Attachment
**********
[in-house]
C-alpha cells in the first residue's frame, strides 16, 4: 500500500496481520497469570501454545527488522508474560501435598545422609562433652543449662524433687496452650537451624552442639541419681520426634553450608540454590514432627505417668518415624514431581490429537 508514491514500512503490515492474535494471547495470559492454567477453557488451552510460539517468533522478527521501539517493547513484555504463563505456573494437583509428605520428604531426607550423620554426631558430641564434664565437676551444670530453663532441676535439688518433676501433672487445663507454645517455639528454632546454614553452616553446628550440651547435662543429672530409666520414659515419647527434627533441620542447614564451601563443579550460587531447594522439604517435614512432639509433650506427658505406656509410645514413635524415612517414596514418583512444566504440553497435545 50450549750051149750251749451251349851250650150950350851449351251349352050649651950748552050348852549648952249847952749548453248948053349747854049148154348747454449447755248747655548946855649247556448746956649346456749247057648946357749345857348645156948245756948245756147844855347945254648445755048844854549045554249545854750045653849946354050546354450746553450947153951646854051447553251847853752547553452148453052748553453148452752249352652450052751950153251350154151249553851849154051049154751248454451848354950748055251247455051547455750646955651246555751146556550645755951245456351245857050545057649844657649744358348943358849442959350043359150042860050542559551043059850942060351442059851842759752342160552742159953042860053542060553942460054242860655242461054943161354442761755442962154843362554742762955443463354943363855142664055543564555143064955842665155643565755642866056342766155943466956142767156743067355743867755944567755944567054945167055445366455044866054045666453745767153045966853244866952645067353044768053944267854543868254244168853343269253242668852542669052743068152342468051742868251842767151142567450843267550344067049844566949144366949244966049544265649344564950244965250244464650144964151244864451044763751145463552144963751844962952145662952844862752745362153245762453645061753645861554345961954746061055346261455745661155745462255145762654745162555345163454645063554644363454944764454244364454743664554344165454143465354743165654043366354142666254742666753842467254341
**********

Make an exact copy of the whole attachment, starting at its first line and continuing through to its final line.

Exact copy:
[in-house]
C-alpha cells in the first residue's frame, strides 16, 4: 500500500496481520497469570501454545527488522508474560501435598545422609562433652543449662524433687496452650537451624552442639541419681520426634553450608540454590514432627505417668518415624514431581490429537 508514491514500512503490515492474535494471547495470559492454567477453557488451552510460539517468533522478527521501539517493547513484555504463563505456573494437583509428605520428604531426607550423620554426631558430641564434664565437676551444670530453663532441676535439688518433676501433672487445663507454645517455639528454632546454614553452616553446628550440651547435662543429672530409666520414659515419647527434627533441620542447614564451601563443579550460587531447594522439604517435614512432639509433650506427658505406656509410645514413635524415612517414596514418583512444566504440553497435545 50450549750051149750251749451251349851250650150950350851449351251349352050649651950748552050348852549648952249847952749548453248948053349747854049148154348747454449447755248747655548946855649247556448746956649346456749247057648946357749345857348645156948245756948245756147844855347945254648445755048844854549045554249545854750045653849946354050546354450746553450947153951646854051447553251847853752547553452148453052748553453148452752249352652450052751950153251350154151249553851849154051049154751248454451848354950748055251247455051547455750646955651246555751146556550645755951245456351245857050545057649844657649744358348943358849442959350043359150042860050542559551043059850942060351442059851842759752342160552742159953042860053542060553942460054242860655242461054943161354442761755442962154843362554742762955443463354943363855142664055543564555143064955842665155643565755642866056342766155943466956142767156743067355743867755944567755944567054945167055445366455044866054045666453745767153045966853244866952645067353044768053944267854543868254244168853343269253242668852542669052743068152342468051742868251842767151142567450843267550344067049844566949144366949244966049544265649344564950244965250244464650144964151244864451044763751145463552144963751844962952145662952844862752745362153245762453645061753645861554345961954746061055346261455745661155745462255145762654745162555345163454645063554644363454944764454244364454743664554344165454143465354743165654043366354142666254742666753842467254341